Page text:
Every day we are bombarded with frightening news. But how do we personally feel about them and how can we deal with them as society as a whole? Which future do I actually want for myself, for the world and for my children? And how are my personal feelings and motivations connected to the larger picture? What frightens me, what makes me angry and how can I transform these feelings into a source of power and energy for change? read more
Anthropological thoughts on degrowth
Degrowth energizes and interconnects remarkably heterodox thinking and surprisingly heterogeneous action. To advance dialogue among diverse pathways, a recent Journal of Political Ecology issue on “Degrowth, Culture and Power” joins studies of 15 initiatives to forge worlds that prioritize well-being, equity and sustainability rather than expansion.read more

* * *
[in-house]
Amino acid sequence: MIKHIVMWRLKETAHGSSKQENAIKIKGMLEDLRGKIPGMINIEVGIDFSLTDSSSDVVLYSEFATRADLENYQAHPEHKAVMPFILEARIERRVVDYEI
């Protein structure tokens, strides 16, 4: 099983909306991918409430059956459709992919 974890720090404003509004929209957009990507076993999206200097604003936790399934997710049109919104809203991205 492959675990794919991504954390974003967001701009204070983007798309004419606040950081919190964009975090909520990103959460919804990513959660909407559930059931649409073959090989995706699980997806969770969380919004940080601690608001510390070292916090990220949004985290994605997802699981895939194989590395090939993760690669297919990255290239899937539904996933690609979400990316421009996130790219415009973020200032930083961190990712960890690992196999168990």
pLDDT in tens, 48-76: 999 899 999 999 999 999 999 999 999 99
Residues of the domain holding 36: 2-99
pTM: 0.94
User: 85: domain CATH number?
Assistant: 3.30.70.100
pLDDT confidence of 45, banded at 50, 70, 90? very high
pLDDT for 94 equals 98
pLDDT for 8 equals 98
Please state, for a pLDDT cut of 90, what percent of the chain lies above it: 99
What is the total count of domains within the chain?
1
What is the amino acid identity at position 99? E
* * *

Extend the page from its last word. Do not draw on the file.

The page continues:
Should arguments for degrowth be anthropocentric or ecocentric? And what does this mean in practice? There is an interesting discussion going on, starting with two recent court rulings in New Zealand and India about rivers being granted personal rights. We present an article by Ashish Kothari, Mari Margil and Shrishtee Bajpai, first published for The Guardian.